February 4, 2020
The Royal Swedish Academy of Sciences has announced that Whitehead Institute Member David M. Sabatini is co-recipient of the 2020 Sjöberg Prize, which promotes scientific research on cancer, health, and the environment. Sabatini, who is also a professor of biology at Massachusetts Institute of Technology (MIT) and an Investigator of the Howard Hughes Medical Institute, is being recognized for discovering the mTOR protein and its role in controlling cell metabolism and growth.
Throughout his career, Sabatini has made insightful and important discoveries, beginning when, as a graduate student, he identified the mTOR protein. In mammalian cells, mTOR—which stands for “mechanistic target of Rapamycin,” an immunosuppressant drug that inhibits cell growth—is the keystone molecule in a pathway that regulates cellular metabolic processes in response to nutrients.
Sabatini’s lab has since identified most of the components of the mTOR pathway and shown how they contribute to the function of cells and organisms. In the last 10 years, his lab has deciphered the mechanisms through which the pathway senses nutrients. These discoveries have opened avenues for identifying disease vulnerabilities and treatment targets for diverse conditions—notably including key metabolic vulnerabilities in pancreatic and ovarian cancer cells and neurodevelopmental defects. He is currently working to exploit those vulnerabilities as targets for new therapies.
“Research has suggested that 60 percent of cancers have some mechanism for turning on the mTOR pathway,” Sabatini says. “I could never have imagined the implications of that first discovery. And I am grateful that, with the Sjöberg Prize, the Academy has provided us with substantial new resources for our continuing and expanding research.”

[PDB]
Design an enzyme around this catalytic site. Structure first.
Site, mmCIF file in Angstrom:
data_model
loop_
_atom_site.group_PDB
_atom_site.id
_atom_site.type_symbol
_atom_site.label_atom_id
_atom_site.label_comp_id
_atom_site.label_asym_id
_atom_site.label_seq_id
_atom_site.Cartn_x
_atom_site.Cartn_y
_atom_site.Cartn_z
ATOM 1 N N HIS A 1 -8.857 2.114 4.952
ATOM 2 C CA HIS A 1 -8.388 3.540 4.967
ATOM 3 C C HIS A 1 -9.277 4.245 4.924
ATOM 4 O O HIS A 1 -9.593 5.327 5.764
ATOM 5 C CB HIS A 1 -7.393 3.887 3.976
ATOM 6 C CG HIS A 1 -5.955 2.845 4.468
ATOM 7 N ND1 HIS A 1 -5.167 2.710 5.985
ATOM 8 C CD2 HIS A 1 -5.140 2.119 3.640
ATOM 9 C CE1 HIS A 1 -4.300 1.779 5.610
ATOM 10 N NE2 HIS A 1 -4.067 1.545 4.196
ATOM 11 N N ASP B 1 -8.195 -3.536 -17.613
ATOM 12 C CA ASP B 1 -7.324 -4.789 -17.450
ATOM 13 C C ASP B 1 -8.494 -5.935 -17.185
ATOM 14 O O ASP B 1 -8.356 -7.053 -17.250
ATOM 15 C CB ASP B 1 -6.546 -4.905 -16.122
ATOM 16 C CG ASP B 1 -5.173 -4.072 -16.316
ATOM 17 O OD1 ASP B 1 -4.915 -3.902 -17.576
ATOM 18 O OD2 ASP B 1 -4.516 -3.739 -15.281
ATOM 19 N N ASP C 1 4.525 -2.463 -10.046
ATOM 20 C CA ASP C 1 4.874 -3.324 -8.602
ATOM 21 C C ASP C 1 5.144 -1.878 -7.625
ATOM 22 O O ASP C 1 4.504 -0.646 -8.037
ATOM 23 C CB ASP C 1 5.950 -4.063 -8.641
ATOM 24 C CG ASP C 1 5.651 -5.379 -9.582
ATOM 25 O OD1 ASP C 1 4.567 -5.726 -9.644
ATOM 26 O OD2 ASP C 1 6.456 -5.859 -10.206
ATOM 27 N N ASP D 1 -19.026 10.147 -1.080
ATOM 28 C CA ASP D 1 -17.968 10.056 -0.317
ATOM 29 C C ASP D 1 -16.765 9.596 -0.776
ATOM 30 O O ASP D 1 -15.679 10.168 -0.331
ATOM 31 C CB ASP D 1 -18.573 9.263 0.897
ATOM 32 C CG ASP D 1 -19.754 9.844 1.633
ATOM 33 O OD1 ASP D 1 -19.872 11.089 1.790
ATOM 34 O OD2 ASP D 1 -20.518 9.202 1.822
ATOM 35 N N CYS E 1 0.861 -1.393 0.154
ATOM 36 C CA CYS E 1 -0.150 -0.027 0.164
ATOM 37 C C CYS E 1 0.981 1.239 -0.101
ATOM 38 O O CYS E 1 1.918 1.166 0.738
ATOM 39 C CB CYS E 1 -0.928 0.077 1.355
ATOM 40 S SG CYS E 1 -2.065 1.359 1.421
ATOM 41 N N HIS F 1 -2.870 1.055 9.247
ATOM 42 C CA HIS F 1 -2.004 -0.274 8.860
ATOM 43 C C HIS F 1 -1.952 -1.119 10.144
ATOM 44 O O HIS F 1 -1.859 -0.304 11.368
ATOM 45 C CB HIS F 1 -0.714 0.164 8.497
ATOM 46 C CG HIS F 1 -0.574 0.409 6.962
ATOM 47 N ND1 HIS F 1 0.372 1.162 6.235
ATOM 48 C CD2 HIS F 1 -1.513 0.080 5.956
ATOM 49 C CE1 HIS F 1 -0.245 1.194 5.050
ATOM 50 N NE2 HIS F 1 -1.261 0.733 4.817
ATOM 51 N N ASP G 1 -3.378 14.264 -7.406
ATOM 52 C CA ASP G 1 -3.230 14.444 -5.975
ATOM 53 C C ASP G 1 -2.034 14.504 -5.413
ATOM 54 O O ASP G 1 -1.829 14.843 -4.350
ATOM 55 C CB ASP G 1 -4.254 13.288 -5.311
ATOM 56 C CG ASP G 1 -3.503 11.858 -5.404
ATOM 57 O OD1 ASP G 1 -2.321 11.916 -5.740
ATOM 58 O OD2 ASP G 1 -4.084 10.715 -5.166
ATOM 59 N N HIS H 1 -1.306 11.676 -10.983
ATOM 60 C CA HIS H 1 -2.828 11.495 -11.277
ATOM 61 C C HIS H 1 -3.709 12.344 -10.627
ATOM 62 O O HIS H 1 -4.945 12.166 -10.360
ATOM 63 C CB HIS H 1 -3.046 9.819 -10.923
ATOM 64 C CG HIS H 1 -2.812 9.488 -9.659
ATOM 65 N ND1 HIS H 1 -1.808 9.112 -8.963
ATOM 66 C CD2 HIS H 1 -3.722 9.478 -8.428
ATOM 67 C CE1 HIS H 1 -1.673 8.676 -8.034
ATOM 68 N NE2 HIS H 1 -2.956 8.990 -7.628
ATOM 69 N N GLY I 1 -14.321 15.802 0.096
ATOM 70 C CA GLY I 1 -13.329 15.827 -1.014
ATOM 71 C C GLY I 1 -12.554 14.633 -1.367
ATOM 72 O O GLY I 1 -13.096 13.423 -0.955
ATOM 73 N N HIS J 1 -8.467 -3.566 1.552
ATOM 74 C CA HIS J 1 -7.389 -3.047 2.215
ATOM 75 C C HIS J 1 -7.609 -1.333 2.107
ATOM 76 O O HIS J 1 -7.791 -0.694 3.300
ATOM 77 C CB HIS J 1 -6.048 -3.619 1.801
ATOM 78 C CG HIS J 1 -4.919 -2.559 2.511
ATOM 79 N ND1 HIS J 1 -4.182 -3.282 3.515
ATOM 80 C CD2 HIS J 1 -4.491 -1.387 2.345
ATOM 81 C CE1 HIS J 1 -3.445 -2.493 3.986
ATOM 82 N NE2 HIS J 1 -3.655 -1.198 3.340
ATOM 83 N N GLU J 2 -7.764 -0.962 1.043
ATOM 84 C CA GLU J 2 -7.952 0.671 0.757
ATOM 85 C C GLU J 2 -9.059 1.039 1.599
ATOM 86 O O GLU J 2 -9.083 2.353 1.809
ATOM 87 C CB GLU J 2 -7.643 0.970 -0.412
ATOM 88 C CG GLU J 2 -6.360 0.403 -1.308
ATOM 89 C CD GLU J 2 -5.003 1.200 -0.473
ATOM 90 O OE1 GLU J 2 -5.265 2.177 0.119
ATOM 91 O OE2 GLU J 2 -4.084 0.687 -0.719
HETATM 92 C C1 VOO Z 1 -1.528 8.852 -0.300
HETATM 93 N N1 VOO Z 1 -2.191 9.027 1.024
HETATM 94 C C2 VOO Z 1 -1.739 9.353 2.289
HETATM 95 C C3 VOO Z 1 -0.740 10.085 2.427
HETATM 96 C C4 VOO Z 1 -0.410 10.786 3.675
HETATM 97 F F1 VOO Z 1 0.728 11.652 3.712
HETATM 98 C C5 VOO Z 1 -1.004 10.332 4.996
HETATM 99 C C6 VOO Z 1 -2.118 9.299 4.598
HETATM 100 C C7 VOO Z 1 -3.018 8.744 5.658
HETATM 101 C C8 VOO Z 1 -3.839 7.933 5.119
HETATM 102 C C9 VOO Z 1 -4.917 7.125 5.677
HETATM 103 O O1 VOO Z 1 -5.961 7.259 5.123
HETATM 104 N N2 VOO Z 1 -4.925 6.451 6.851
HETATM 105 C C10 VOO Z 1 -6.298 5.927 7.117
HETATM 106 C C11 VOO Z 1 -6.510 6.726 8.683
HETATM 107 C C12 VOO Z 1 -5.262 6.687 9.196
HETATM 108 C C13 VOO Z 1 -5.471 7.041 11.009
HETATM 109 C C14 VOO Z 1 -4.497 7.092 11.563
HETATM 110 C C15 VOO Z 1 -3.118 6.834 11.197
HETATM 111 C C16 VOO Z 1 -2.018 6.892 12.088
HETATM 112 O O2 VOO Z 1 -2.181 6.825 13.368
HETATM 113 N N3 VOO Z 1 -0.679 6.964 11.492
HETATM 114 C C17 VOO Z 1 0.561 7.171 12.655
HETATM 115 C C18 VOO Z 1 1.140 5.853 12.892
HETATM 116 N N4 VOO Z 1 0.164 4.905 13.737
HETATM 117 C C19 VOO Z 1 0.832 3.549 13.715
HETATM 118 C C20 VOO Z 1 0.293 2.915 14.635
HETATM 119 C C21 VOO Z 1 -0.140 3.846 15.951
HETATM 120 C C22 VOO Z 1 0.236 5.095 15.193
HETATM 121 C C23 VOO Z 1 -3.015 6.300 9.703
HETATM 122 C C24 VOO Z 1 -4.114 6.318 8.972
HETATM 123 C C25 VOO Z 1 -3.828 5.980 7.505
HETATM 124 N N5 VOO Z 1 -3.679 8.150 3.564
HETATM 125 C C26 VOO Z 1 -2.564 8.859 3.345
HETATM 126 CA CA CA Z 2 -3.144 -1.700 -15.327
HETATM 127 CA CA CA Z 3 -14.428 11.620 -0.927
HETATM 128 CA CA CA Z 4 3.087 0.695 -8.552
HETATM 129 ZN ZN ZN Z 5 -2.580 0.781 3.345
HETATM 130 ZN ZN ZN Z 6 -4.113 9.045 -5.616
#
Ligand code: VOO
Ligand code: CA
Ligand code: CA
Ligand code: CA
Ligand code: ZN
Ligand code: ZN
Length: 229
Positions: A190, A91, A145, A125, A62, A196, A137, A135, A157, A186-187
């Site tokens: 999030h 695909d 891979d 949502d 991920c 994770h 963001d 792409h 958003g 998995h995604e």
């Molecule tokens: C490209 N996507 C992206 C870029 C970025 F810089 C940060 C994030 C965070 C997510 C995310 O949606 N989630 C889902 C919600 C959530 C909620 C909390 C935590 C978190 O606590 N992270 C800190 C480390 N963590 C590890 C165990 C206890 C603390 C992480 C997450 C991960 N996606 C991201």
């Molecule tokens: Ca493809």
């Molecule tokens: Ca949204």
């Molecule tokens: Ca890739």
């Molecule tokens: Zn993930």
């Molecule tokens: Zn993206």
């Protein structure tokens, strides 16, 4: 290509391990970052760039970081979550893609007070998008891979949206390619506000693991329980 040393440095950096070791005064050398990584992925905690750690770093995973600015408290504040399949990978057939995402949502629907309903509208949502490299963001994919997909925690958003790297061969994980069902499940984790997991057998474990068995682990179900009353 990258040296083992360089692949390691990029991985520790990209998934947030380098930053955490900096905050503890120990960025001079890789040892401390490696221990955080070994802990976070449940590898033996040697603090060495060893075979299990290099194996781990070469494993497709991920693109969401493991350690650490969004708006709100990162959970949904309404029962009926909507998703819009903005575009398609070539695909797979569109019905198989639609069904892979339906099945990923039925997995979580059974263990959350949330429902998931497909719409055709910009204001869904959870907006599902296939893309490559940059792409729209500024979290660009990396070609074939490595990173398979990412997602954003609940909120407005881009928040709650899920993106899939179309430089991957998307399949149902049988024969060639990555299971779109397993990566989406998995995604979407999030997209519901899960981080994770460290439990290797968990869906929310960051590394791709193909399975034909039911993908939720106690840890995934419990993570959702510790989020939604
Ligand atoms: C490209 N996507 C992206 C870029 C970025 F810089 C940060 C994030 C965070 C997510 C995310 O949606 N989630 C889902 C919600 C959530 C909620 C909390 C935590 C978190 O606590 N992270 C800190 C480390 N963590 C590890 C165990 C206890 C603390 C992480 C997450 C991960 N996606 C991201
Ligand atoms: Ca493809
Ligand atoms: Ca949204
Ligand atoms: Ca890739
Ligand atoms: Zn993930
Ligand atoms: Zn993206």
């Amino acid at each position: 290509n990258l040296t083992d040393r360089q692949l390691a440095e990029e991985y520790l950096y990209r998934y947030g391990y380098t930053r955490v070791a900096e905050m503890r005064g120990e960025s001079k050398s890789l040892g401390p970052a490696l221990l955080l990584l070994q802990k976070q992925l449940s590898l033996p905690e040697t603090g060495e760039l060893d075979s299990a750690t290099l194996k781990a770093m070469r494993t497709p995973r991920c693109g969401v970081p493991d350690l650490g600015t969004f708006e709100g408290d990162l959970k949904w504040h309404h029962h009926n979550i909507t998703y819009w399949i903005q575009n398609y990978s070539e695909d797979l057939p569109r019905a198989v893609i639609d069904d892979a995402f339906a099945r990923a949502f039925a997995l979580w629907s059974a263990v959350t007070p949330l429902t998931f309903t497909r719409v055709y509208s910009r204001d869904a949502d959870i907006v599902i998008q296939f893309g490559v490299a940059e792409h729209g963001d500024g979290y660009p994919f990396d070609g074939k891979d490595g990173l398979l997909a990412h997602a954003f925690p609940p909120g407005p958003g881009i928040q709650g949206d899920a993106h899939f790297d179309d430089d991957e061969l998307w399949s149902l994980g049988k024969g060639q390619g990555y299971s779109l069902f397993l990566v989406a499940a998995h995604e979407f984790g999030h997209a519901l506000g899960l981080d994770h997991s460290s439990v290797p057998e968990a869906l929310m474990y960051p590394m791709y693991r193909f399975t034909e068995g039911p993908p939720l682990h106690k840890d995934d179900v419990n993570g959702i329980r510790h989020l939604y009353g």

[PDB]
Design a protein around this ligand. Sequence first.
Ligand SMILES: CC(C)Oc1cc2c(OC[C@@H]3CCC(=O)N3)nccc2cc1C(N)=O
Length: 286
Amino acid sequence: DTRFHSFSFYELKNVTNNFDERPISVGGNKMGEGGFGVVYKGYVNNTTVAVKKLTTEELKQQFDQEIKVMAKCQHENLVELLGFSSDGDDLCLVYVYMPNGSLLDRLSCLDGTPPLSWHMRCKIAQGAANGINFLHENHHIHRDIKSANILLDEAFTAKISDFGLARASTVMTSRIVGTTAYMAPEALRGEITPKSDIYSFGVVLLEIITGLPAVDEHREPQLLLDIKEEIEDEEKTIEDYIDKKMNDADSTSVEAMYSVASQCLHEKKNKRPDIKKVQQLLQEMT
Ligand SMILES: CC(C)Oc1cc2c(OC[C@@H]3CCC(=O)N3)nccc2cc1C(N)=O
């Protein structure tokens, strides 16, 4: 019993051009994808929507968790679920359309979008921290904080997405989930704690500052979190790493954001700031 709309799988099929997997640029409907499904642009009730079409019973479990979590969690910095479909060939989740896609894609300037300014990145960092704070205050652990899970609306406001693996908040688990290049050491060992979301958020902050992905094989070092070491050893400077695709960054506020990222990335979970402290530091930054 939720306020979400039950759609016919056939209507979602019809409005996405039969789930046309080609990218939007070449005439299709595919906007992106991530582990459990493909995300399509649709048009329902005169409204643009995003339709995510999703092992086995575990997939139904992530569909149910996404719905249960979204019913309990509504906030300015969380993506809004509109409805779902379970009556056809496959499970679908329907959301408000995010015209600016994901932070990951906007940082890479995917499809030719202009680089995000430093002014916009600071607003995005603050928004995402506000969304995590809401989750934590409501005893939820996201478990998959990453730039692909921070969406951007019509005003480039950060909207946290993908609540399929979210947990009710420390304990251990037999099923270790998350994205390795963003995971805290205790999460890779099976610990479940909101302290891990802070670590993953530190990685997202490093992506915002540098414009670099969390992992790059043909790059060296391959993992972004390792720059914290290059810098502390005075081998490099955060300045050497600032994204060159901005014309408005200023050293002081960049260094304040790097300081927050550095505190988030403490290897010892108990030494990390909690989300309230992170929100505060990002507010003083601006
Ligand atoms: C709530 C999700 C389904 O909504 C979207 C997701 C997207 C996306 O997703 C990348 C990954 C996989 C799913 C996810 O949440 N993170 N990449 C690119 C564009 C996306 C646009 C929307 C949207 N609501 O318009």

In recent weeks, Sabatini—who is also a Member of the David H. Koch Institute for Integrative Cancer Research at MIT—has been the co-recipient of the BBVA Foundation’s Frontiers of Knowledge Award in Biology and Biomedicine for discovery of the mTOR protein, and of Columbia University’s Louisa Gross Horwitz Prize for his contributions to understanding mTOR’s role in physiology and oncogenesis.
“David Sabatini’s discoveries have helped transform cellular physiology,” says Whitehead Institute director David Page, “and they have profound implications for our understanding of cancer’s development—as well as for uncovering the processes underlying neurodegenerative disease, diabetes, and aging.”
This is the fourth time the Sjöberg Prize has been awarded. One of the first winners—James P. Allison of the MD Anderson Cancer Center—was subsequently awarded the Nobel Prize in Physiology or Medicine in 2018.
The official Sjöberg Prize Lecture will be delivered by Sabatini and fellow Laureate Michael Hall at the Karolinska Institute on March 30, 2020.